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[JAMA发表述评]: 寻找非ARDS患者的适当PEEP:高,低或适中?
2021年01月18日 研究点评, 进展交流 暂无评论

Editorial December 9, 2020

Searching for the Optimal PEEP in Patients Without ARDS: High, Low, or in Between?

Sarina K. Sahetya, Ewan C. Goligher, Arthur S. Slutsky

JAMA. Published online December 9, 2020. doi:10.1001/jama.2020.23067

Positive pressure ventilation is lifesaving for patients with acute respiratory failure and has been the cornerstone of care for critically ill patients since the polio epidemic in the 1950s. Increasing end-expiratory pressure in ventilated patients, termed positive end-expiratory pressure (PEEP), was noted to be beneficial for acute pulmonary edema as early as the 1930s by Barach et al.1 However, it was not widely used until 1967, when Ashbaugh and colleagues2 “discovered” acute respiratory distress syndrome (ARDS) and demonstrated that PEEP improved arterial oxygenation in some patients with ARDS. For decades, the major goal of PEEP was to improve oxygenation or oxygen delivery,3 but over the past few decades, this goal has shifted to minimizing ventilator-induced lung injury, an approach that includes limiting tidal volumes and inspiratory pressures while providing sufficient PEEP to minimize lung collapse.4

From a physiological perspective, PEEP may be beneficial by maintaining lung units (alveoli and small airways) open that would otherwise collapse at end expiration, thus improving gas exchange. By keeping additional lung units open, PEEP can reduce injurious shear forces due to cyclic opening and closing of these units during ventilation, and allow distribution of tidal volumes over a larger and more homogeneously inflated lung surface, thereby reducing dynamic stress and strain. During spontaneous breathing, maintaining lung recruitment with PEEP may also decrease respiratory effort and eccentric diaphragm loading.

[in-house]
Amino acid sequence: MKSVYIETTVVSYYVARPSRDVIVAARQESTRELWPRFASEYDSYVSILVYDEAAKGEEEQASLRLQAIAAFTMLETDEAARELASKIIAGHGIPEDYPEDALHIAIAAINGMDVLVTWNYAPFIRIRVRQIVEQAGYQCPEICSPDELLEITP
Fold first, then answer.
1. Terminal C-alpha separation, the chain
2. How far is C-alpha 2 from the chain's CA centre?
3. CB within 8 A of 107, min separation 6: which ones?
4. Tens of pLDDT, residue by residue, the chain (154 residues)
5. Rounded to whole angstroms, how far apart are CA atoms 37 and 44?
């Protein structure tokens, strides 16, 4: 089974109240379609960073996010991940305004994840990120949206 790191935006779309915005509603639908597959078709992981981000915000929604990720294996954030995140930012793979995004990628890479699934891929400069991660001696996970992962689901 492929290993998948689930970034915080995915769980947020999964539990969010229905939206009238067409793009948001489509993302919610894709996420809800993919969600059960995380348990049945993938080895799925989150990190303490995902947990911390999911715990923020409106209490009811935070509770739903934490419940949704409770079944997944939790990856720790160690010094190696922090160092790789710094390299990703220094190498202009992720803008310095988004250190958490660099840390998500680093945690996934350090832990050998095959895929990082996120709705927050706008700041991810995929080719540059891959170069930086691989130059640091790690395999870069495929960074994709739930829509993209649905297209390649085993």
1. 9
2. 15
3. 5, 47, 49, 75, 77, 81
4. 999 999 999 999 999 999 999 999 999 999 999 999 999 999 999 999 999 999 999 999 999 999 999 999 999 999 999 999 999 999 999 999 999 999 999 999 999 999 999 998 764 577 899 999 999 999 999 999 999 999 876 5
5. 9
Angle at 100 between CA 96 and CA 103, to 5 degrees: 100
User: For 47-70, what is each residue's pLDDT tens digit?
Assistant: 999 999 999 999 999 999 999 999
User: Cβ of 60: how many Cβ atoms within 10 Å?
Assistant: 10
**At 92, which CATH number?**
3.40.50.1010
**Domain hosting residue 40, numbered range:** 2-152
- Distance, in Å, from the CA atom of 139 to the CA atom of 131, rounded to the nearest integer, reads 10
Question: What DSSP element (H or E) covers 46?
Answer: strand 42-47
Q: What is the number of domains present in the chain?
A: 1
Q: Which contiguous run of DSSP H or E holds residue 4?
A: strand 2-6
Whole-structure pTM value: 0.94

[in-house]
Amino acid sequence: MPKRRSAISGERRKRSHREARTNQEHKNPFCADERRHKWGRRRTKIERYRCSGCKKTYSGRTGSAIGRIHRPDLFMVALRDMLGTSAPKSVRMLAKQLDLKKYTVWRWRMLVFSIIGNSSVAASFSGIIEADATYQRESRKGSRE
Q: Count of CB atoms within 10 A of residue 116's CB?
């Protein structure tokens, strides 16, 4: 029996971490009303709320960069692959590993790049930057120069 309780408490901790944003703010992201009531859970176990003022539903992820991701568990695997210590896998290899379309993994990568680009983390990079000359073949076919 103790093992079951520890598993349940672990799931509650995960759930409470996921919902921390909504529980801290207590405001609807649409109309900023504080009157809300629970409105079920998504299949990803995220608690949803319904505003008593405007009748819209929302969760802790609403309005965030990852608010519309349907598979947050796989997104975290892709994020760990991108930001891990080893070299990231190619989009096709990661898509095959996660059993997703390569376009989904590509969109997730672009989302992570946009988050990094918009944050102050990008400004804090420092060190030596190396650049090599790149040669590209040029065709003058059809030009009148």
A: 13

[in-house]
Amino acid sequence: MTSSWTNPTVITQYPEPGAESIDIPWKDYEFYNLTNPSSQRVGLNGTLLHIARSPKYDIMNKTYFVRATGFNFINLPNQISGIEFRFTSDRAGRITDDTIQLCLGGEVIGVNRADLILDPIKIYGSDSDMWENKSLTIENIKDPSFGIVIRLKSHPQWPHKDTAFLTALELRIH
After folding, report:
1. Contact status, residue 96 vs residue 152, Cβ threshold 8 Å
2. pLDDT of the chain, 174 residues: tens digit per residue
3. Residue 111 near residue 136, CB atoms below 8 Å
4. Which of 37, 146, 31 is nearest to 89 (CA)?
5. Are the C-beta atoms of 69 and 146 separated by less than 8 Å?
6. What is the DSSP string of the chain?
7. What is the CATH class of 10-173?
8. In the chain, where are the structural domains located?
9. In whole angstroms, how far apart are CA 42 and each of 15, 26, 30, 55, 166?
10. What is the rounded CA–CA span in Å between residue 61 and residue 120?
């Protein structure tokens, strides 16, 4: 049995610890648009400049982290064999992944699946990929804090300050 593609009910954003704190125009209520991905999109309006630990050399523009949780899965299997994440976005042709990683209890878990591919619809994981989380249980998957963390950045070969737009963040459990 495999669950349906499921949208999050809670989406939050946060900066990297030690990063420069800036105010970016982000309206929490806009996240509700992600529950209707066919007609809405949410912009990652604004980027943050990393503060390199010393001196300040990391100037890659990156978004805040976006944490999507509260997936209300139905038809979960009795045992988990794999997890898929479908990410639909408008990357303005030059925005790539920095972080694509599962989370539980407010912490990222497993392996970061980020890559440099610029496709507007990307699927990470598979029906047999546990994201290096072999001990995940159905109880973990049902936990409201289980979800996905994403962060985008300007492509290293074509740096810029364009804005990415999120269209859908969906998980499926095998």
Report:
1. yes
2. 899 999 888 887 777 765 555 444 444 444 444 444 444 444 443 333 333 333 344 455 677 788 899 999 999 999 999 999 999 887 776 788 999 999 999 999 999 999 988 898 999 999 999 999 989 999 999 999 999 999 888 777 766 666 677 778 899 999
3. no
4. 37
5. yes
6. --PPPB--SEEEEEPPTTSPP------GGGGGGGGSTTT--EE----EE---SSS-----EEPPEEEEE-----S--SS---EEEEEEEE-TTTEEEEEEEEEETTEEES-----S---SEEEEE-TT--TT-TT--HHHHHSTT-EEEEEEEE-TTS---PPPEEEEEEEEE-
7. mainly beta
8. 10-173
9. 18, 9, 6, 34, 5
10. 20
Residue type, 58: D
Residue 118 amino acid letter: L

However, higher PEEP levels can have detrimental consequences by leading to increased inspiratory pressures and overdistention of the lung along with increased lung stress and strain, and therefore, more ventilator-induced lung injury. Higher intrathoracic pressures with PEEP can also impair hemodynamics by reducing venous return and increasing pulmonary vascular resistance. The net benefit or harm from PEEP therefore depends on this balance of alveolar recruitment to overdistension and should be particularly beneficial in disease states with substantial alveolar collapse, such as ARDS.

These trade-offs in using PEEP have been studied for decades in patients with ARDS, with 5 large randomized clinical trials of higher vs lower PEEP providing somewhat variable findings.5-9 A meta-analysis demonstrated that patients with moderate or severe ARDS—but not mild ARDS—benefited from a higher PEEP ventilation strategy.10